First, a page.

Sherlock Holmes Case Study

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Sherlock Holmes: The Guardian of British Domesticity Paper Title: Sherlock Holmes: The Guardian of British Domesticity Subject: English Literature Name: Srimanta Das Email: srimanta007@yahoo.com Address: 72/9 Shaikh Para Lane, Shibpur, Howrah, West Bengal. Pin Code-711103 Mobile: +91 9830540259 Scholars of the Sherlock Holmes canon have agreed unanimously that Arthur Conan Doyle had begun writing fiction to supplement his income from his medical profession. Actually when the immortal characters of Sherlock Holmes and Dr. Watson were created he was under considerable economic strain. However, the detective did not come to his rescue immediately. In fact, his first two works, A Study in Scarlet and The Sign of Four, achieved moderate success.…show more content…
It will not be wrong to assume that Doyle was not really concerned about them as the British society was not really threatened by intrusion of the natives. Doyle was more concerned about the British who have been corrupted by the colonial experience as they were capable of causing far more damage than the foreigners. In this paper, I will analyze three stories involving characters who have spent considerable time in three separate colonial territories and show how their experiences have influenced them to become criminals. In the first story, The Adventure of the Speckled Band, the character in concern is Dr. Roylott who has been in India and has acquired a pet which helps him in murdering one of his two step-daughters and attempting to murder the other one as well. Holmes’s timely intervention saves the life of Roylott’s younger step-daughter, Helen Stoner. In the second story, The Adventure of the Gloria Scott, Trevor Senior’s tainted past in Australia is the source of the mystery in the story. In the third story, The Adventure of the Devil’s Foot, a poison acquired from Africa by an explorer plays a major role in the crimes committed. However, before attempting to analyze the influence of the colonial territories on British subjects it is important to take note of the fact that British colonies did not share similar characteristics. As a consequence, Australia influenced the British in a…show more content…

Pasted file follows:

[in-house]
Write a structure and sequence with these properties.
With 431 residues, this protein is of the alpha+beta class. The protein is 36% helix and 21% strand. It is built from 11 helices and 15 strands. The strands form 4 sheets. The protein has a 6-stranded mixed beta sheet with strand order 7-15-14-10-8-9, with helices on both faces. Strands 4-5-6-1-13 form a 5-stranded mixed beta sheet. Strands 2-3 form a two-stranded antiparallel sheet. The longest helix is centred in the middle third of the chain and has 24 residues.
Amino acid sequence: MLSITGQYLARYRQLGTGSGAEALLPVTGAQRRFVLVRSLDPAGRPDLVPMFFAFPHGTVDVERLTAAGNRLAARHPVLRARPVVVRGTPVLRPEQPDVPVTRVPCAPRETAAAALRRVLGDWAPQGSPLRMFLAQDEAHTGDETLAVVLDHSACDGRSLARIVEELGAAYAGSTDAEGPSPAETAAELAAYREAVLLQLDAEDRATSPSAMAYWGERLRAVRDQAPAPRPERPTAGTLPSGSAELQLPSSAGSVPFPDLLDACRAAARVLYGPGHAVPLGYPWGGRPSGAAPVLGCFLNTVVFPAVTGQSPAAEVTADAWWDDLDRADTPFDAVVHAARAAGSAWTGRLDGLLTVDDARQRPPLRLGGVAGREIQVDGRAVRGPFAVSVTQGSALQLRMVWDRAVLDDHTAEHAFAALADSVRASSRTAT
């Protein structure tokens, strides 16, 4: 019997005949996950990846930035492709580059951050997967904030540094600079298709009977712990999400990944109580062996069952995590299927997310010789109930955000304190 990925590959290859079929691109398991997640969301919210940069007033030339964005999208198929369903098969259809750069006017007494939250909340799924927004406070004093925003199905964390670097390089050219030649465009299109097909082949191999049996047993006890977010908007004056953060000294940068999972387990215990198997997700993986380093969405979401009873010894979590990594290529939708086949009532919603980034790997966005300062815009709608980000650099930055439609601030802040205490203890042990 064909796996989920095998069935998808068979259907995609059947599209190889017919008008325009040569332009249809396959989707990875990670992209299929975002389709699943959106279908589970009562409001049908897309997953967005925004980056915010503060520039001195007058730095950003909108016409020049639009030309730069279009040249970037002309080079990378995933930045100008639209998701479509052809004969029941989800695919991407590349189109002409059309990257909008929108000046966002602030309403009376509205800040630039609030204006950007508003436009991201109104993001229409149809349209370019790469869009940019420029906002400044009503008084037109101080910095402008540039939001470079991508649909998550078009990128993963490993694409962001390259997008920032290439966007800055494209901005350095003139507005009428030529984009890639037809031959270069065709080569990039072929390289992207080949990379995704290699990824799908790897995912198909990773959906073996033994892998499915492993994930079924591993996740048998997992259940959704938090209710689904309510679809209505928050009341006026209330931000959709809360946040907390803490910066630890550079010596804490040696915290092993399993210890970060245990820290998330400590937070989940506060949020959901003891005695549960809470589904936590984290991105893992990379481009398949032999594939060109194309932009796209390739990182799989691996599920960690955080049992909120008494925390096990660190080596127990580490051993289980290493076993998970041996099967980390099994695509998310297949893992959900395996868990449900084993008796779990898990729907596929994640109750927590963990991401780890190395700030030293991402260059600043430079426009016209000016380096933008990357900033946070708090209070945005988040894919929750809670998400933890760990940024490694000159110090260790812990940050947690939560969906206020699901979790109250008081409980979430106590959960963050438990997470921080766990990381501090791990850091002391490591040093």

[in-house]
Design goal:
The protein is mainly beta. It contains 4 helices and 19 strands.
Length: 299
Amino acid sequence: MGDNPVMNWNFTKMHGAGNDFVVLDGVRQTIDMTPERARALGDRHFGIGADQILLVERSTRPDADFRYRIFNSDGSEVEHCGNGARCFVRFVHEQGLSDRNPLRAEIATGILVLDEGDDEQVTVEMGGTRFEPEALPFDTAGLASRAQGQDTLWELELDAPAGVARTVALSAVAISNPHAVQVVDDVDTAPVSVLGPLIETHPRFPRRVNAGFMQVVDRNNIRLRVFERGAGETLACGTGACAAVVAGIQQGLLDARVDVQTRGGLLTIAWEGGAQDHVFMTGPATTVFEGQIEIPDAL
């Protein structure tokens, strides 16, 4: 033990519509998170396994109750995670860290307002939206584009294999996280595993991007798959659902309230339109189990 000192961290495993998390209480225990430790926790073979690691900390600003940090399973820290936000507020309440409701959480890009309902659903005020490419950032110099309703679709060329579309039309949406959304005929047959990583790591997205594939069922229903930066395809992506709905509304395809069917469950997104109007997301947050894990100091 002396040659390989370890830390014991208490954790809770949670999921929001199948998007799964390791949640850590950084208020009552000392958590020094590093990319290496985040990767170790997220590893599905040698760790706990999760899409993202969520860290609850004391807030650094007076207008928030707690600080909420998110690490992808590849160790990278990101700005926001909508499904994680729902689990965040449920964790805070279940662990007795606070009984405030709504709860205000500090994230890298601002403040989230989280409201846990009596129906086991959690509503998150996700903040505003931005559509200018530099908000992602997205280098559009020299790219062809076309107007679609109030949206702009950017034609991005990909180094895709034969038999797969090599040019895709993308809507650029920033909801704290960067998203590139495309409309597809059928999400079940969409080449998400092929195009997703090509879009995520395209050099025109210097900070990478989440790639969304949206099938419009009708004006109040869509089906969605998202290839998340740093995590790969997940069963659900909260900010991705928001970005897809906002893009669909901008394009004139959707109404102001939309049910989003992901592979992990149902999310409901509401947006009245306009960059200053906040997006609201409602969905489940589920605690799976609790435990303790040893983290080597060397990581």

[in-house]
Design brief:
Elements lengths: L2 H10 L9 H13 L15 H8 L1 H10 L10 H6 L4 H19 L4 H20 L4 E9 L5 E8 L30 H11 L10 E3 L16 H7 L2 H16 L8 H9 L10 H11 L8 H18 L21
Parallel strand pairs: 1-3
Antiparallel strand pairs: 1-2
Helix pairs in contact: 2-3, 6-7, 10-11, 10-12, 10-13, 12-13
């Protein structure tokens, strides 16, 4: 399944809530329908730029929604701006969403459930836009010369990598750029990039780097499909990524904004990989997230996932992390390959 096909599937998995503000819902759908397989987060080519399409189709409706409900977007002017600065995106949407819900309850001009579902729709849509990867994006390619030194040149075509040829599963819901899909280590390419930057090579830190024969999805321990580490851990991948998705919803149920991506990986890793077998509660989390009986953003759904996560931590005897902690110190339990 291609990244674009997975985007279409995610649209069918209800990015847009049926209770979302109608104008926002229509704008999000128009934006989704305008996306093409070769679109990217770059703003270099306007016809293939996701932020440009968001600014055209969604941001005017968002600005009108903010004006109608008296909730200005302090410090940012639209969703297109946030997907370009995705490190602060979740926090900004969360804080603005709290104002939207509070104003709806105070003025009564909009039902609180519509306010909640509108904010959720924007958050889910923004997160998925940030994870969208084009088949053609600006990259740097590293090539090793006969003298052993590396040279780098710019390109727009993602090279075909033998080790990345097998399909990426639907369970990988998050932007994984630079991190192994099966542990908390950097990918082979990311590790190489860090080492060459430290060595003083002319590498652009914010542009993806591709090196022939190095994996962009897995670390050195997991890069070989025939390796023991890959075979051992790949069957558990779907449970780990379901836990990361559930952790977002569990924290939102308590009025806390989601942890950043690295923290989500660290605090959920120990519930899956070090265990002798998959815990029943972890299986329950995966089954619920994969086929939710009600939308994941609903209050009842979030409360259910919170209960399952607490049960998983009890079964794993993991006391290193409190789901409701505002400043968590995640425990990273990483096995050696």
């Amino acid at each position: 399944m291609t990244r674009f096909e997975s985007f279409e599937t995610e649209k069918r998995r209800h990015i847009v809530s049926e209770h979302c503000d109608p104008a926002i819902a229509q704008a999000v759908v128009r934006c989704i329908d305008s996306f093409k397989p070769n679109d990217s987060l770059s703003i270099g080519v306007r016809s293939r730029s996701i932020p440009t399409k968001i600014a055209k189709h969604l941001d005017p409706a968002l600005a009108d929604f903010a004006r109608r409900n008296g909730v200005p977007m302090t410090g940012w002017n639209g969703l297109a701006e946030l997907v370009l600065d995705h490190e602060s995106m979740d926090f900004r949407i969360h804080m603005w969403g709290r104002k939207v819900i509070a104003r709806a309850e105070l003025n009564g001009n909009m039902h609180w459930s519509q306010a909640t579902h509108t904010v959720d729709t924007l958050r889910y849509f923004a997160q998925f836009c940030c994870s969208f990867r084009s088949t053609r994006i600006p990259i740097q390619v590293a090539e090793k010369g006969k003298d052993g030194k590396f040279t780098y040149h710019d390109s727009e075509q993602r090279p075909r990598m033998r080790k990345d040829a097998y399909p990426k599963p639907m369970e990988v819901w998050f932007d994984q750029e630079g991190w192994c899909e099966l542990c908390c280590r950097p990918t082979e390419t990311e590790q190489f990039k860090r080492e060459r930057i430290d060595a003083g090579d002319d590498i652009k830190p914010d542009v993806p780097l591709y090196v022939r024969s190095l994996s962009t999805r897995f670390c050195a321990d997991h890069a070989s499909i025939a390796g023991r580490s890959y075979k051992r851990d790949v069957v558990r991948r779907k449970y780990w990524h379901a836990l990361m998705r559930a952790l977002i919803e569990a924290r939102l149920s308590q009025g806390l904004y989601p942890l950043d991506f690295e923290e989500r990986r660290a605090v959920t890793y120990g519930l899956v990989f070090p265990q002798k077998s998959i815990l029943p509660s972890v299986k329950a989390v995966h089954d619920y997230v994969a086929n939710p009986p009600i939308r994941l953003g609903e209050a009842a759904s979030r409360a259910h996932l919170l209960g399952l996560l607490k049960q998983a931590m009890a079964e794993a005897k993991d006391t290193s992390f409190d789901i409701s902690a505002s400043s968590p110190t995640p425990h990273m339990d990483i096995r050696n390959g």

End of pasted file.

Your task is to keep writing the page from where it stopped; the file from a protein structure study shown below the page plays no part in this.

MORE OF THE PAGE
Rudyard Kipling’s The Jungle Book is a case in point. Charles Darwin’s Origin of Species had already made the British aware of the connection between the humans and the animal world. The British considered themselves as holding the highest point in the ladder of evolution and, for obvious reasons, considered the natives as closer to the lower animals. The association between the natives and animals served to justify the need to colonize them. In The Adventure of the Crooked Man, Doyle, himself, mentions a mongoose acquired from India and in A Sign of Four, he mentions a tribal from the Andaman Islands, Tonga, who is more a monster than man. Jennifer Fraser says, “Doyle’s portrayal of Tonga as primitive, animalistic and frightening is illustrative of popular conceptualizations of foreign figures during the nineteenth century, as the British populace frequently looked upon the colonies with apprehension and fear after the advent of colonial insurgency.” (Fraser 20). The Revolt of 1857 clearly plays a role in the scheme of the story. Fraser notes, “Whereas the British had previously viewed colonial natives as innately subordinate and complicit, violent behaviors displayed within the Mutiny suggested that the ‘primitive’ nature of Eastern culture was intimately linked with criminal behavior.” (20) The reason for portraying India and the natives in that manner was probably
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